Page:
SpaceCode Vortex VT100 passive low-frequency (LF) RFID tags are printed and applied to blood being sent to the surgical suite. Most of the blood bank’s inventory is not delivered to the operating rooms, and the blood bank determined that it would need to tag only those bags being used on surgical patients. By tagging only products destined for the operating room, the laboratory saves labor time and overall tag cost.
Each employee is assigned an RFID staff access card with a unique ID number encoded on the card’s embedded RFID chip. That ID is linked to that individual’s identity in the SpaceCode Smart Tracker software. When a worker completes training, Greenfield activates that individual’s card, which grants him or her access to use the RFID-based system.
When a surgery patient needs blood, the hospital contacts the blood bank, which selects blood matching that patient’s blood type. In addition, it electronically cross-matches the blood in the pathology lab’s information system (Cerner’s Pathnet system).
A blood bank employee removes the cross-matched blood from the laboratory refrigerator, then attaches an RFID tag to the bag after associating the blood, the tag and the patient in the Smart Tracker software. That data is then stored in the software.
Bags of blood are dispensed from the lab by scanning the bags’ tags via a low-frequency(LF) RFID reader and transporting them to the hospital’s surgical ward, where a staff member uses his or her ID badge to access the locked RFID refrigerator and place them inside. If blood is required, the fridge prompts the theater personnel to enter the patient’s unique medical record number, and to select the patient presented on screen after confirming that the person’s name and date of birth match. The worker then scans his or her RFID staff access tag to unlock the refrigerator and remove the appropriate blood. Once the door closes, the unit’s built-in RFID reader interrogates the tags, confirms which bags of blood have been removed and creates a record of who removed the blood and when. If the wrong blood is removed, then the user receives an alert.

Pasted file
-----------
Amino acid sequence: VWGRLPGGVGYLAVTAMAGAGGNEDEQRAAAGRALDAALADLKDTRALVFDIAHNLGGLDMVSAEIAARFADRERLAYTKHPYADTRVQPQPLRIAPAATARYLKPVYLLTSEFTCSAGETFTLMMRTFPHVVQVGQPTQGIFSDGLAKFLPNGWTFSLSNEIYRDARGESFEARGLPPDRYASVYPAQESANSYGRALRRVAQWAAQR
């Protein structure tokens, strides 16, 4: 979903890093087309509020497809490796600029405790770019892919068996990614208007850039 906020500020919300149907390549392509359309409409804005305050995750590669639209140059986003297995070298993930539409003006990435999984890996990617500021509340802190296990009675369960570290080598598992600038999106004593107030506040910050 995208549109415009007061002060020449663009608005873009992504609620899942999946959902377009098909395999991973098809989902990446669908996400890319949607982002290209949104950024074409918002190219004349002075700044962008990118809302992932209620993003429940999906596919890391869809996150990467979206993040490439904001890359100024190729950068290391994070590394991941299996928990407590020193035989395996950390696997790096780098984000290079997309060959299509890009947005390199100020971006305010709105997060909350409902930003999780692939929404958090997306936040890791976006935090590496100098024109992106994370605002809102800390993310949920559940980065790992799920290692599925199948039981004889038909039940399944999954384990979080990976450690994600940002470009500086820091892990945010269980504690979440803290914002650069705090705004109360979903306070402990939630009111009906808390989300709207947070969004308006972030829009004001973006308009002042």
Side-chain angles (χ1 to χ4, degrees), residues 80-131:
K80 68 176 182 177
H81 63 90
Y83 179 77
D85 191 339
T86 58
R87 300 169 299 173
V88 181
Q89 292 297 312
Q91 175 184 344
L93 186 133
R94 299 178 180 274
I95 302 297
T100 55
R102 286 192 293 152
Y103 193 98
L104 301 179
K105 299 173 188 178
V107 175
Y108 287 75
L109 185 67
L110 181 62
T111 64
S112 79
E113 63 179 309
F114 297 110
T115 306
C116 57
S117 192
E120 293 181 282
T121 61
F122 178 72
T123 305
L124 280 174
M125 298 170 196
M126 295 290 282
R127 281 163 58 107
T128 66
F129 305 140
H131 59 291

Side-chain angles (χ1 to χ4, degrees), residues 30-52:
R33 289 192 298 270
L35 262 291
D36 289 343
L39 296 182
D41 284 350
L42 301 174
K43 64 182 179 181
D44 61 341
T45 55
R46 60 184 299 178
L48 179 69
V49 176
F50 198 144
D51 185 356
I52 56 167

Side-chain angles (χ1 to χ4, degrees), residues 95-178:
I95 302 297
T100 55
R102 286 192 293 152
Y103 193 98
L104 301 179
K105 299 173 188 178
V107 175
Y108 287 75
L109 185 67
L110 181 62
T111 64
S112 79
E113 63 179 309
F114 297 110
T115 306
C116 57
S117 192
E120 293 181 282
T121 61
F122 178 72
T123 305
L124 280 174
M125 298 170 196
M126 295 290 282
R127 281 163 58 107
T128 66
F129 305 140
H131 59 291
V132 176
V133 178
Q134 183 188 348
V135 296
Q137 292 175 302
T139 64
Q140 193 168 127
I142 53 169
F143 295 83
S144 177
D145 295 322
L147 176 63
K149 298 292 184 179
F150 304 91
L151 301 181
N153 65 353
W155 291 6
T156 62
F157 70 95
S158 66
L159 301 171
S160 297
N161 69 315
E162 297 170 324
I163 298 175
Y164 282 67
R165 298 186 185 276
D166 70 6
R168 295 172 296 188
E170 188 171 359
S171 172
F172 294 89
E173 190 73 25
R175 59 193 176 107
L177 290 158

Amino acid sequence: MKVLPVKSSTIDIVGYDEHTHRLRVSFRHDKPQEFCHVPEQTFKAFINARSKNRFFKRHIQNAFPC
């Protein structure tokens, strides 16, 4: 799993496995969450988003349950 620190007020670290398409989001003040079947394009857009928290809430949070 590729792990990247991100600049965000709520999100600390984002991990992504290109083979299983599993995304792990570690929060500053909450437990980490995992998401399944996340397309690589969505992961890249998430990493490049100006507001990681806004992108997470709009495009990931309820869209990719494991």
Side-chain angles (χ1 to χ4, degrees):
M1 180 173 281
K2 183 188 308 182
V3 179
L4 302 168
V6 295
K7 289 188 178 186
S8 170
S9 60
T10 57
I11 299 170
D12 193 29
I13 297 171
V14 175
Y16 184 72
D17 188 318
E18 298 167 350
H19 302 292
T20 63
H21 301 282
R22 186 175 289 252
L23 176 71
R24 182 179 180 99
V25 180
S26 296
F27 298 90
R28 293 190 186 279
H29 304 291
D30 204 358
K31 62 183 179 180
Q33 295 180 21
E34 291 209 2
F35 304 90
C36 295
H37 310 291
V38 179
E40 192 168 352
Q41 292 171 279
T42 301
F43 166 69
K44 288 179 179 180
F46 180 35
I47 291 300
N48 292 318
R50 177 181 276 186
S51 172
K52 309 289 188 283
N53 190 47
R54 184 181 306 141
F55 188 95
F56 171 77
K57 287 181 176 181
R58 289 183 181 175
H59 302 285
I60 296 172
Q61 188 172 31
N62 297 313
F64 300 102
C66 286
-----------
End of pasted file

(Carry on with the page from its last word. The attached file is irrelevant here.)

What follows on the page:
The Smart Tracker software determines how long the blood has been out of refrigeration and alerts the user if it has been out for more than 30 minutes.
If any blood is not used on that patient, the theater staff member goes through a process to return the remainder to the refrigerator. The software determines how long the blood has been out of refrigeration and alerts the user if more than 30 minutes have passed.
The bags are later sent back to the blood bank, where the tags are read again as they are put back into refrigeration. A record of all actions taken with each bag of blood is then displayed, so that the staff can decide whether to return it to inventory or quarantine it for possible discard.
With the RFID-based system, the blood bank can be assured that only properly stored blood bags are returned to inventory and are available for safe reuse.
“I can now say, with some certainty, that any pack accepted for return to inventory has been properly stored,” Greenfield states. “I can review the scan history and see exactly what happened, who was involved and when.”